Fusion genes or chimeras typically comprise sequences from two different genes. The chimeric RNAs of such joined sequences often serve as cancer drivers. Identifying such driver fusions in a given cancer or complex disease is important for diagnosis and treatment. The advent of next-generation sequencing technologies, such as DNA-Seq or RNA-Seq, together with the development of suitable computational tools, has made the global identification of chimeras in tumors possible. However, the testing of over 20 computational methods showed these to be limited in terms of chimera prediction sensitivity, specificity, and accurate quantification of junction reads. These shortcomings motivated us to develop the first 'reference-based' approach termed ChiTaH (Chimeric Transcripts from High-throughput sequencing data). ChiTaH uses 43,466 non-redundant known human chimeras as a reference database to map sequencing reads and to accurately identify chimeric reads. We benchmarked ChiTaH and four other methods to identify human chimeras, leveraging both simulated and real sequencing datasets. ChiTaH was found to be the most accurate and fastest method for identifying known human chimeras from simulated and sequencing datasets. Moreover, especially ChiTaH uncovered heterogeneity of the BCR-ABL1 chimera in both bulk and single-cells of the K-562 cell line, which was confirmed experimentally.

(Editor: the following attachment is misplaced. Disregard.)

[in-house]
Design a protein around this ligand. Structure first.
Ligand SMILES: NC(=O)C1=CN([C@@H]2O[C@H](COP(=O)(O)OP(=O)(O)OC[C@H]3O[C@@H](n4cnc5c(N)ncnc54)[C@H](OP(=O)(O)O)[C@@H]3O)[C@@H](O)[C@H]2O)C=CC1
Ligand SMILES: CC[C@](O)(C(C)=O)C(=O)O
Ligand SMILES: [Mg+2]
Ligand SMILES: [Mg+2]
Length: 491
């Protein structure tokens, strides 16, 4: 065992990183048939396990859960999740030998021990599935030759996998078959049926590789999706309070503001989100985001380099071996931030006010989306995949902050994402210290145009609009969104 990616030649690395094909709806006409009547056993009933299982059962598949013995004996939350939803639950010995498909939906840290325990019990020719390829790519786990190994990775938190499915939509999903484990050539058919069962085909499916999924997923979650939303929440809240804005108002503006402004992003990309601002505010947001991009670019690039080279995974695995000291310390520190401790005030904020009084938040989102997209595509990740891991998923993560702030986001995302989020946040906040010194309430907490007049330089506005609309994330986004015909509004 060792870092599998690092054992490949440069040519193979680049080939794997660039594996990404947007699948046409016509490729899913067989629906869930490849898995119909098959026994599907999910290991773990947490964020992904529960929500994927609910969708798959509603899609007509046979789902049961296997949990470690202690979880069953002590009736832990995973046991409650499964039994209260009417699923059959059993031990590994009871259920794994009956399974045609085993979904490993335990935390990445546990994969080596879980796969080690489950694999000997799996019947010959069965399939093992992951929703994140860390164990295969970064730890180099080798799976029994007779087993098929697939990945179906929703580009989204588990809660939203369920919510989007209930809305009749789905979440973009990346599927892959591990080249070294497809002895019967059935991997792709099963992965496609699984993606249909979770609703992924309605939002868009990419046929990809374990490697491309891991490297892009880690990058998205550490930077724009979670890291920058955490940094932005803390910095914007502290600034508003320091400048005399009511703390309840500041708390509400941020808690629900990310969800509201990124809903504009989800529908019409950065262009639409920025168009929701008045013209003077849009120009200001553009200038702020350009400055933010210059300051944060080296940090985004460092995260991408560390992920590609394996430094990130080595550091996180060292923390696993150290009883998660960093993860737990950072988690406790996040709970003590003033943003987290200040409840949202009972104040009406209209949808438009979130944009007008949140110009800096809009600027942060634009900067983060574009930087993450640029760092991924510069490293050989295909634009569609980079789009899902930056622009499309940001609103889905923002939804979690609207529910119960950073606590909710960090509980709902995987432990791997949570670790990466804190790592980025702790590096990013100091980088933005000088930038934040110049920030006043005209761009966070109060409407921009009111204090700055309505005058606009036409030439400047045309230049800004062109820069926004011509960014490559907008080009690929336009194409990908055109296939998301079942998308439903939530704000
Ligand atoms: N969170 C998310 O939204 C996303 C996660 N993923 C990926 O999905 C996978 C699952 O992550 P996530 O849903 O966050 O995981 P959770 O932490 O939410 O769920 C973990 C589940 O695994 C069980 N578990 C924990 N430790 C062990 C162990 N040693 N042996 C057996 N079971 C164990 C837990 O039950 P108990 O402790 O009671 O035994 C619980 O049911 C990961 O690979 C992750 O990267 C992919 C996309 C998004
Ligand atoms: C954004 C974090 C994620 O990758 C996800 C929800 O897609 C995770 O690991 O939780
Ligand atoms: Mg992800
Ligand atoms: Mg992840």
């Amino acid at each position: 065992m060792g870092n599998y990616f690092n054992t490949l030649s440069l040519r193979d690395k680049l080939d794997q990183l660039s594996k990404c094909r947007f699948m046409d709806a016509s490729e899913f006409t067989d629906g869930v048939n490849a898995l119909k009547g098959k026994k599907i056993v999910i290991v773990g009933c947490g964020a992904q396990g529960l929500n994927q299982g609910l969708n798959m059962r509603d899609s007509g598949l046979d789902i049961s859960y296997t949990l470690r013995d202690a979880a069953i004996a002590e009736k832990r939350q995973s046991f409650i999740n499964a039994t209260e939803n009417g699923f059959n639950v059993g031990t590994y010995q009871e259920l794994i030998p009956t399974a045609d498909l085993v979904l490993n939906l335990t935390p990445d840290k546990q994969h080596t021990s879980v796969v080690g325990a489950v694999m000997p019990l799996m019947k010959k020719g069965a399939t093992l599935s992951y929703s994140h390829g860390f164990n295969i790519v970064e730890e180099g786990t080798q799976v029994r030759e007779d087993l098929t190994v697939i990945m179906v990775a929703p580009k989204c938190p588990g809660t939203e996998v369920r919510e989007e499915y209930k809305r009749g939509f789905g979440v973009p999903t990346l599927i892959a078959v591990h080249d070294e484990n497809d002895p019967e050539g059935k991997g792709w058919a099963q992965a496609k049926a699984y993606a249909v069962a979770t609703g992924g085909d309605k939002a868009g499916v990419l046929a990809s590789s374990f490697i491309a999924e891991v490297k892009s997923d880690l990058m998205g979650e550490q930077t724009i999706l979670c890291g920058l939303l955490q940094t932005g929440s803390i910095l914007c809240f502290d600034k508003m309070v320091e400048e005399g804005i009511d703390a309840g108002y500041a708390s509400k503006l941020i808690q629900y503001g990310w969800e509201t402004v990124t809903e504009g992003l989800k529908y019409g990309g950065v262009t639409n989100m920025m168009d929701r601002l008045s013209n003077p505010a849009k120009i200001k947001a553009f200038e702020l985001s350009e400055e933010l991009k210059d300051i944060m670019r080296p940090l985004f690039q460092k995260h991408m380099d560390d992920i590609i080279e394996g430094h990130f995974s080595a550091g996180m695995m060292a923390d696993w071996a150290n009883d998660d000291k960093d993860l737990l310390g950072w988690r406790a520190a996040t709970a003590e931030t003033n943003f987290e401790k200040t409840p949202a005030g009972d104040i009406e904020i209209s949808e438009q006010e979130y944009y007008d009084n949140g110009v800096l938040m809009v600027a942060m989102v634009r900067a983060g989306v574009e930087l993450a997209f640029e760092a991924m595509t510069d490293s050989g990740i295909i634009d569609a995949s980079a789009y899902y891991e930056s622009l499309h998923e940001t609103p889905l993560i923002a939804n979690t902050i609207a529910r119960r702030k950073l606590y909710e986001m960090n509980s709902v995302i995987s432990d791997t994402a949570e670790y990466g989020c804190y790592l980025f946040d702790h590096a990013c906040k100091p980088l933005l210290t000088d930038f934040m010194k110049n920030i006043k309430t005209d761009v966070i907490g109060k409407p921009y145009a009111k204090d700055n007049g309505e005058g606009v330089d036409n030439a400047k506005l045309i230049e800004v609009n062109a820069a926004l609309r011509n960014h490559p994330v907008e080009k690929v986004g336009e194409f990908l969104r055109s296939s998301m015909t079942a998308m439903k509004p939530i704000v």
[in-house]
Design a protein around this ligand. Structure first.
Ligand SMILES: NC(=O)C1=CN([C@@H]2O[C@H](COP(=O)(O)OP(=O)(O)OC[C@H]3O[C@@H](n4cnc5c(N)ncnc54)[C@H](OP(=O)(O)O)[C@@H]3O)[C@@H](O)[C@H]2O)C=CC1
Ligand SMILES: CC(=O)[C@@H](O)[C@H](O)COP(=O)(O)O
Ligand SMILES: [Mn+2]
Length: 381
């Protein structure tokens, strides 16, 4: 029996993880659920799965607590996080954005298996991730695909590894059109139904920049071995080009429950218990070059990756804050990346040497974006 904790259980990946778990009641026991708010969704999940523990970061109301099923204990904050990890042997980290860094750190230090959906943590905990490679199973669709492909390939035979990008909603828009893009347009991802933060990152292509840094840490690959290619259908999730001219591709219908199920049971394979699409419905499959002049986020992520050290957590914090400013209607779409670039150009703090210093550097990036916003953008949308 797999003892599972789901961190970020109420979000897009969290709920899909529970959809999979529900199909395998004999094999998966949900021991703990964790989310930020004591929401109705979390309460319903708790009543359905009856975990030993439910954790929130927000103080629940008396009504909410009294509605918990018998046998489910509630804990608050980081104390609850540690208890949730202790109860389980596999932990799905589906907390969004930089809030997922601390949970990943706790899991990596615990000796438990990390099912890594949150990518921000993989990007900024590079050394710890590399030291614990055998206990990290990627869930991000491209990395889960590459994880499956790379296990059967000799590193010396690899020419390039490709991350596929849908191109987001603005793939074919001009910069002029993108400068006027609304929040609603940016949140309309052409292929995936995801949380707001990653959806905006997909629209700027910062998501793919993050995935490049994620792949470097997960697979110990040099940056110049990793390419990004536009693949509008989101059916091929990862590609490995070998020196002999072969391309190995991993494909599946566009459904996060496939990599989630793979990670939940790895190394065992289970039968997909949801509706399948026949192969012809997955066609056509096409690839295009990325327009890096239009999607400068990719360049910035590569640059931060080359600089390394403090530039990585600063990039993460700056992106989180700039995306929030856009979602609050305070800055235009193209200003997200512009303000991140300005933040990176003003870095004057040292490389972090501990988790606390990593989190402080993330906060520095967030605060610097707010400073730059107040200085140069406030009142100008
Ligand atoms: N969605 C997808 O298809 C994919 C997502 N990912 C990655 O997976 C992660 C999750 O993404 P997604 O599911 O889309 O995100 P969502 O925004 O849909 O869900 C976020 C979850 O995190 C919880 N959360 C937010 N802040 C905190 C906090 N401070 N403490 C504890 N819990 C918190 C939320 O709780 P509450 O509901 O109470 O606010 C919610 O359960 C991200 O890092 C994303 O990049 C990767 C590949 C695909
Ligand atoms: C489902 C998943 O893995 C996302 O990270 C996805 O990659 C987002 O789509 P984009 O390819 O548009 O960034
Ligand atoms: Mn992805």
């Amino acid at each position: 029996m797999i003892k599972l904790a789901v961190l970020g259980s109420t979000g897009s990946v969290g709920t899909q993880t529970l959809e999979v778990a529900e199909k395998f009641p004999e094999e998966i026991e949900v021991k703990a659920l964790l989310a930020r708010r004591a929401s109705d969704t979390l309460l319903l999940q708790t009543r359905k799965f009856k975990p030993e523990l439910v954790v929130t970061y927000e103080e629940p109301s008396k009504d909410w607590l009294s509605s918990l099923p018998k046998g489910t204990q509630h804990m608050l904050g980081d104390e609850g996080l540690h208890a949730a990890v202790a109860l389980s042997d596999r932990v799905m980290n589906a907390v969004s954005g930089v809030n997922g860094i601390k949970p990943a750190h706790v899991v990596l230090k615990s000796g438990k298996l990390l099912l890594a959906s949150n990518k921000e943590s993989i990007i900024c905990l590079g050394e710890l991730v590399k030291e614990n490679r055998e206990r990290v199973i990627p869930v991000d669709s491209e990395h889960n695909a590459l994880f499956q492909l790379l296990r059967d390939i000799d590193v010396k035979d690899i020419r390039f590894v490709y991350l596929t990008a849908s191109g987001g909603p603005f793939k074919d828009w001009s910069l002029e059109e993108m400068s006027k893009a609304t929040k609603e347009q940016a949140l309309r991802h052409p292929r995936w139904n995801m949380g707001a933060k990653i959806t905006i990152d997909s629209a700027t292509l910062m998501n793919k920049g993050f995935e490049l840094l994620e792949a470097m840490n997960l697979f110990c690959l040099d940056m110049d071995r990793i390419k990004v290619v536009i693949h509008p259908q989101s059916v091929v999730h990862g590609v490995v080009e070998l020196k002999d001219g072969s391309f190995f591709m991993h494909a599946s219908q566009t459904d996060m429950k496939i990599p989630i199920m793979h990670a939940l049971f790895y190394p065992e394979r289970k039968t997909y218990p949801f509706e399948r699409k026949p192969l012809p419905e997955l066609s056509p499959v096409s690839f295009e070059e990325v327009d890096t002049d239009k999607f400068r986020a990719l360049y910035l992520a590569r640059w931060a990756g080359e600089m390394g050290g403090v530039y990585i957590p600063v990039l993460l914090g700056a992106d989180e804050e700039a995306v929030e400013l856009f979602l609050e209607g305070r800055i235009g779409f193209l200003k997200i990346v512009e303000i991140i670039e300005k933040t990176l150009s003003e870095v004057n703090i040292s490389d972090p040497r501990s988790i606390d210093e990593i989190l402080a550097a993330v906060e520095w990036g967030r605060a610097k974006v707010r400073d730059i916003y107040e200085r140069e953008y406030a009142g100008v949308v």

© The Author(s) 2021. Published by Oxford University Press on behalf of NAR Genomics and Bioinformatics.